A coalition of parents and activists elevated their dispute with the Long Beach Unified School District this week, asking California Department of Education officials to rule whether the district is improperly spending millions in state funding intended to help poor and high-needs kids.
The escalation draws fresh attention to a fundamental disagreement about how the state's five-year-old school funding law, the Local Control Funding Formula, or "LCFF," ought to work.
Under that law, students in three high-need groups of students — low-income kids, foster youth and English learners — generate additional state funding for their schools. In turn, school officials are supposed to spend that money on programs addressing the specific needs of students from these three groups.
In their appeal filed with state officials on Wednesday, activists accuse Long Beach Unified of redirecting a portion of the state funding these high-need students generate — some $31 million — to cover more general expenses rather than targeted programs.
So what distinguishes a "targeted" program from an expenditure benefiting all students? Long Beach Unified officials contend that in a district where 70 percent of students fit into at least one of these high-need groups, even spending not "targeted" at these students still probably benefits them.
"The appellants' arguments are weak," district spokesman Chris Eftychiou said in an interview, "because they're trying to make … the LCFF into something that it's not. They've imagined burdens not imposed by the law and claimed that we failed those imagined burdens. If the state follows the law, we should prevail."
But the activists' attorney, Angelica Jongco, argues the district's obligation to spend funds on low-income students, foster youth and English learners is central to the state law.
Since 2013, as Gov. Jerry Brown and state lawmakers promised, the new school funding formula has increased the state's spending on K-12 education by $12.8 million. But in exchange for the extra funding — and some additional flexibility in how to spend it — lawmakers said school districts would need to spend the additional money generated under this law on targeted services for those three high-need groups.
"A district like Long Beach — that serves a lot of high-needs students — also receives a lot more money than other districts that don't," said Jongco, who works for the non-profit law firm Public Advocates. "There's a lot of responsibility that comes with that funding."
The activists had filed a complaint in April, accusing Long Beach Unified officials of misspending a larger sum — roughly $40 million — they feel should have been spent on low-income students, foster youth and English learners.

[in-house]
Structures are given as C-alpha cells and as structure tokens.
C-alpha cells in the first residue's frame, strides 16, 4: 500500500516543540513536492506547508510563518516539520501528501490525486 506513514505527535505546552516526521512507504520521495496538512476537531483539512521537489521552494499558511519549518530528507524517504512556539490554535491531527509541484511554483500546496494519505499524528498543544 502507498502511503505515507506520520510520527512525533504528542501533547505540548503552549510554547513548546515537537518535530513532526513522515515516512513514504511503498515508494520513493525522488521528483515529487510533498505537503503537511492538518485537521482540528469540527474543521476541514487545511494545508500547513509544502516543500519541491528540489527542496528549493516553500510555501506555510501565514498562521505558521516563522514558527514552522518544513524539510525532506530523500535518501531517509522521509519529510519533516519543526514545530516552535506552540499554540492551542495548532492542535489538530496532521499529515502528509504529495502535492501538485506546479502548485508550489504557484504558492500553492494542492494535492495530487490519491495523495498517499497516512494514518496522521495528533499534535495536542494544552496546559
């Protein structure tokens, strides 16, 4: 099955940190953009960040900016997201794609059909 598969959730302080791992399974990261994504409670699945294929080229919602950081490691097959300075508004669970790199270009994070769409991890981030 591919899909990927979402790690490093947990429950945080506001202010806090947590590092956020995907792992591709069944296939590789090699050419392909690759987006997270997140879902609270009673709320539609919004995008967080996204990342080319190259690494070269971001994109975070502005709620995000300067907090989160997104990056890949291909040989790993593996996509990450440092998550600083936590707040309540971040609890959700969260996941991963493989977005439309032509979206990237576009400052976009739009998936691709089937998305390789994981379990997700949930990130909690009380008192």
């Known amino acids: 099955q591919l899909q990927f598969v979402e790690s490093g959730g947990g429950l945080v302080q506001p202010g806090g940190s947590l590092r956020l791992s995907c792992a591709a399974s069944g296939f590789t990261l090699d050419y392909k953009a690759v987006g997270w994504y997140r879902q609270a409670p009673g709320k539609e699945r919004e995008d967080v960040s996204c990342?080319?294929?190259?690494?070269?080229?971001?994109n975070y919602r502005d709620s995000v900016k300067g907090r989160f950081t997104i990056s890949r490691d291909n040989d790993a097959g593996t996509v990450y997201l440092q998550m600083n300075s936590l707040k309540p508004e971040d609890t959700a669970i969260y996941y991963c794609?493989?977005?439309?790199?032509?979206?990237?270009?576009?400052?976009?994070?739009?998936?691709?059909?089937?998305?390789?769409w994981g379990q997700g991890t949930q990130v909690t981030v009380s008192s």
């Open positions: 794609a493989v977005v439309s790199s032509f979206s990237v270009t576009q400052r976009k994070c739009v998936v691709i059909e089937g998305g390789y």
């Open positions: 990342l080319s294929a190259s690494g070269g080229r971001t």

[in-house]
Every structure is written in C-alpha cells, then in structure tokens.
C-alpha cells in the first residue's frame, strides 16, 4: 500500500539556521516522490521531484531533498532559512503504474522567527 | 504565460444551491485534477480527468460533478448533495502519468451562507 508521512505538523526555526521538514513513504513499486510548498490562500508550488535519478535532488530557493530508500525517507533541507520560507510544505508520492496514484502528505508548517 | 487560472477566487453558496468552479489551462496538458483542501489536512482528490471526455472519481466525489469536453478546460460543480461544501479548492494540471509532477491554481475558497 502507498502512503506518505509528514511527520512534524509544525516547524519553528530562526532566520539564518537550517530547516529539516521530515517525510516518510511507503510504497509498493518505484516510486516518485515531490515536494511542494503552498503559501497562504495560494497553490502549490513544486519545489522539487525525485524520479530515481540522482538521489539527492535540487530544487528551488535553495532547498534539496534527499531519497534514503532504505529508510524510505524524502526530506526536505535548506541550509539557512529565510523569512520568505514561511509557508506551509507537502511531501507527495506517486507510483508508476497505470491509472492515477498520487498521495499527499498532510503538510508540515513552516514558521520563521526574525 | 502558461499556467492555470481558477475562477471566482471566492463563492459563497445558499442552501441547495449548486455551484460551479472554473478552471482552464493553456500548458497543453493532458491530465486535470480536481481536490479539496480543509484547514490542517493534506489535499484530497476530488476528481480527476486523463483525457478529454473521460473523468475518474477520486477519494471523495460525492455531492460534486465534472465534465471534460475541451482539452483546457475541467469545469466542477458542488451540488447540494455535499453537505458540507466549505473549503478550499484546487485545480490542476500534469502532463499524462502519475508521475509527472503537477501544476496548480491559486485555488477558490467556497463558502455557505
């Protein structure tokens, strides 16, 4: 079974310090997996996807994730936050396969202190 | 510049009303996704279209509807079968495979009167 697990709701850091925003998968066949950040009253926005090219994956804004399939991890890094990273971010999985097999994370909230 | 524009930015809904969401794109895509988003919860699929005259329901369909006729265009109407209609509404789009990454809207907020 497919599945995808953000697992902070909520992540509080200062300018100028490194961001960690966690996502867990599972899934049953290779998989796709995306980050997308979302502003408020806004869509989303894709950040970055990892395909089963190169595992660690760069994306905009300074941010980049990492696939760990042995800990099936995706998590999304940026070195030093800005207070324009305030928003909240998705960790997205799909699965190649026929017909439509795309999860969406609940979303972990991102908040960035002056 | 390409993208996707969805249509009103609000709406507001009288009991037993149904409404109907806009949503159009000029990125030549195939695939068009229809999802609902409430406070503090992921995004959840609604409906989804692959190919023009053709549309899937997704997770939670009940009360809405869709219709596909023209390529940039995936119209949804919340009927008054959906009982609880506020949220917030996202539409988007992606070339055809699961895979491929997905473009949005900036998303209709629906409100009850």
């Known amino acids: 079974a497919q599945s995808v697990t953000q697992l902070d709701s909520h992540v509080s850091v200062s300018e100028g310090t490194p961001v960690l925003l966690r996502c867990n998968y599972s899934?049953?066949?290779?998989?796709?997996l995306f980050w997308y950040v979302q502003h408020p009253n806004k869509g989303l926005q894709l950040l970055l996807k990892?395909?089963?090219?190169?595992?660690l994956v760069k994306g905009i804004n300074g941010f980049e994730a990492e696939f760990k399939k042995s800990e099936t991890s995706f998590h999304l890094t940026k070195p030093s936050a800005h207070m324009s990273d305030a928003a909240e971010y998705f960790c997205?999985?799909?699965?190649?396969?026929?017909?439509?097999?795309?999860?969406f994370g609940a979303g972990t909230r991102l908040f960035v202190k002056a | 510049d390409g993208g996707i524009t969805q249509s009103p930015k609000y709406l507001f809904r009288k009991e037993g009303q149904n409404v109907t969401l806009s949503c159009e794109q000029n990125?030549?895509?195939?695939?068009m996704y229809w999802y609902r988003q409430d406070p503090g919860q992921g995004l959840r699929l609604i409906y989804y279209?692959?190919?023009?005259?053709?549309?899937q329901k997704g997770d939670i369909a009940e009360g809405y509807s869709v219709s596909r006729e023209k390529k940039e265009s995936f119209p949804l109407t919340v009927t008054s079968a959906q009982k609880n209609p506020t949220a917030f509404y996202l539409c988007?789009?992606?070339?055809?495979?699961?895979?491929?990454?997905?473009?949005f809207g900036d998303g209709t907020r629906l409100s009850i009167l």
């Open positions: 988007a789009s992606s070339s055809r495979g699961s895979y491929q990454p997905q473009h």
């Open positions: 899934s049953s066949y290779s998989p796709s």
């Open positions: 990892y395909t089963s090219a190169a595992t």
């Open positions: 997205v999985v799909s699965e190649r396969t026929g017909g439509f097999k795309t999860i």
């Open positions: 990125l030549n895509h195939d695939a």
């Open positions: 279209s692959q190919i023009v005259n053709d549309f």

Long Beach Unified has since shifted its spending, significantly reducing the amounts of funding generated by these high-needs students — known as "supplemental and concentration" dollars — that gets spent on teacher salaries and on technology costs.
But the activists felt the district could do better. Their appeal says Long Beach Unified officials have failed to justify spending $14.5 million in funding generated by high-needs students on instructional aides, and another $17 million of these dollars on district-wide textbook purchases.
In an interview, Long Beach Unified's Robert Tagorda defended the use of supplemental and concentration dollars on these expenditures. He argued the textbook expenditure is actually for software that specifically helps English learners — one of the high-need groups state law identifies. The instructional aides, he added, also directly benefitted students struggling with English or math.
"By assigning these instructional aides to support our classroom teachers," said Tagorda, the district's Director of Equity, Access, College and Career Readiness, "their job predominantly is to help the neediest kids in those classrooms. From our vantage point, that actually precisely upholds the spirit of LCFF."
But textbooks are fundamental to all students learning, Jongo argued, saying activists found it difficult to understand how such a basic expenditure required the use of these special, earmarked funds.
Jongco also noted an outside investigator the instructional aides' job descriptions did not clearly tie them to helping high-needs students.
The dispute in Long Beach closely mirrors a dispute in the neighboring Los Angeles Unified School District, where Public Advocates and ACLU attorneys — including Jongco — represent a separate coalition of parents and advocacy groups in a lawsuit against the district over its use of funding generated by high-needs students.
L.A. Unified School Board members have authorized district officials to negotiate a settlement in that case, which will likely result in the spending of millions in additional dollars at district campuses. The settlement, though, has not yet been finalized.